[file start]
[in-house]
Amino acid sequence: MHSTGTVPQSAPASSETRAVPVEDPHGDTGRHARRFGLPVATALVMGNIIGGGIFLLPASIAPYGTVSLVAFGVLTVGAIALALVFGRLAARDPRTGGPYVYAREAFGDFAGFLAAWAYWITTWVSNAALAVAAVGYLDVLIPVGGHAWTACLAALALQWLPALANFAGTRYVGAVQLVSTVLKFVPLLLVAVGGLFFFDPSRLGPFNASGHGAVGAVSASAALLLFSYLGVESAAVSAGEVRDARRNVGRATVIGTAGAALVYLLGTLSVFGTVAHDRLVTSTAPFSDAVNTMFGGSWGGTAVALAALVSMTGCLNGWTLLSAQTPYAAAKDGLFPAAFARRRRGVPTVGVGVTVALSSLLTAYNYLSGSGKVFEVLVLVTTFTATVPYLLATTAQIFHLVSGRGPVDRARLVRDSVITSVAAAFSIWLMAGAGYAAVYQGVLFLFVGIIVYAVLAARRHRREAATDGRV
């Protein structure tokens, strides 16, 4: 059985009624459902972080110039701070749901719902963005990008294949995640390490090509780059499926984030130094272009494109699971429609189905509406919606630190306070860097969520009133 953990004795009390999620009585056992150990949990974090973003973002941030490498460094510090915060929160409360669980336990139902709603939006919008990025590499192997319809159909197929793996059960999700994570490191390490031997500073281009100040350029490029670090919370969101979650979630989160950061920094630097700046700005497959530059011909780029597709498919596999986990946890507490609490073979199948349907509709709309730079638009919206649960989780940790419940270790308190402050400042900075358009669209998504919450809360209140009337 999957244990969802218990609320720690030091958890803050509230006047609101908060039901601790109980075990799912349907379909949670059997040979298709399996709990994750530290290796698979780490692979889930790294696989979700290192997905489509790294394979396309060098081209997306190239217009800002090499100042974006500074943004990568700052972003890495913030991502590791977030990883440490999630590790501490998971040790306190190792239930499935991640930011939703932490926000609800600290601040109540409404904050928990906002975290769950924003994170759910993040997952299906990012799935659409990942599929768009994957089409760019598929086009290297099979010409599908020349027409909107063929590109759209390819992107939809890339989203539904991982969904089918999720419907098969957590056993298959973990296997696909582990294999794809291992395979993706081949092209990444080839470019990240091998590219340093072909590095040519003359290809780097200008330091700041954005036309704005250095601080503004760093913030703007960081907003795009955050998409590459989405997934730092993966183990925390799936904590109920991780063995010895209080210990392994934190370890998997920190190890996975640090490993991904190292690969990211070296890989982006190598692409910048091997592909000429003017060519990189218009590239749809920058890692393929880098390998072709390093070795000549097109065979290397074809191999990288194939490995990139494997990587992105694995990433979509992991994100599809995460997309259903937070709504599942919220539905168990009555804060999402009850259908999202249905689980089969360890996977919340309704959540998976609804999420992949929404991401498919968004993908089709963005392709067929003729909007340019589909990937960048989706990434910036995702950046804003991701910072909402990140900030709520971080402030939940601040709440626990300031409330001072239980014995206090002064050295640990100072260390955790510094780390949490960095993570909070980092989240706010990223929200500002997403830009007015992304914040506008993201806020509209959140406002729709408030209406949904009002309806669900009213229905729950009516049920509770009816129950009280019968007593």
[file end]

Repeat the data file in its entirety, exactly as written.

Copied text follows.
[in-house]
Amino acid sequence: MHSTGTVPQSAPASSETRAVPVEDPHGDTGRHARRFGLPVATALVMGNIIGGGIFLLPASIAPYGTVSLVAFGVLTVGAIALALVFGRLAARDPRTGGPYVYAREAFGDFAGFLAAWAYWITTWVSNAALAVAAVGYLDVLIPVGGHAWTACLAALALQWLPALANFAGTRYVGAVQLVSTVLKFVPLLLVAVGGLFFFDPSRLGPFNASGHGAVGAVSASAALLLFSYLGVESAAVSAGEVRDARRNVGRATVIGTAGAALVYLLGTLSVFGTVAHDRLVTSTAPFSDAVNTMFGGSWGGTAVALAALVSMTGCLNGWTLLSAQTPYAAAKDGLFPAAFARRRRGVPTVGVGVTVALSSLLTAYNYLSGSGKVFEVLVLVTTFTATVPYLLATTAQIFHLVSGRGPVDRARLVRDSVITSVAAAFSIWLMAGAGYAAVYQGVLFLFVGIIVYAVLAARRHRREAATDGRV
């Protein structure tokens, strides 16, 4: 059985009624459902972080110039701070749901719902963005990008294949995640390490090509780059499926984030130094272009494109699971429609189905509406919606630190306070860097969520009133 953990004795009390999620009585056992150990949990974090973003973002941030490498460094510090915060929160409360669980336990139902709603939006919008990025590499192997319809159909197929793996059960999700994570490191390490031997500073281009100040350029490029670090919370969101979650979630989160950061920094630097700046700005497959530059011909780029597709498919596999986990946890507490609490073979199948349907509709709309730079638009919206649960989780940790419940270790308190402050400042900075358009669209998504919450809360209140009337 999957244990969802218990609320720690030091958890803050509230006047609101908060039901601790109980075990799912349907379909949670059997040979298709399996709990994750530290290796698979780490692979889930790294696989979700290192997905489509790294394979396309060098081209997306190239217009800002090499100042974006500074943004990568700052972003890495913030991502590791977030990883440490999630590790501490998971040790306190190792239930499935991640930011939703932490926000609800600290601040109540409404904050928990906002975290769950924003994170759910993040997952299906990012799935659409990942599929768009994957089409760019598929086009290297099979010409599908020349027409909107063929590109759209390819992107939809890339989203539904991982969904089918999720419907098969957590056993298959973990296997696909582990294999794809291992395979993706081949092209990444080839470019990240091998590219340093072909590095040519003359290809780097200008330091700041954005036309704005250095601080503004760093913030703007960081907003795009955050998409590459989405997934730092993966183990925390799936904590109920991780063995010895209080210990392994934190370890998997920190190890996975640090490993991904190292690969990211070296890989982006190598692409910048091997592909000429003017060519990189218009590239749809920058890692393929880098390998072709390093070795000549097109065979290397074809191999990288194939490995990139494997990587992105694995990433979509992991994100599809995460997309259903937070709504599942919220539905168990009555804060999402009850259908999202249905689980089969360890996977919340309704959540998976609804999420992949929404991401498919968004993908089709963005392709067929003729909007340019589909990937960048989706990434910036995702950046804003991701910072909402990140900030709520971080402030939940601040709440626990300031409330001072239980014995206090002064050295640990100072260390955790510094780390949490960095993570909070980092989240706010990223929200500002997403830009007015992304914040506008993201806020509209959140406002729709408030209406949904009002309806669900009213229905729950009516049920509770009816129950009280019968007593």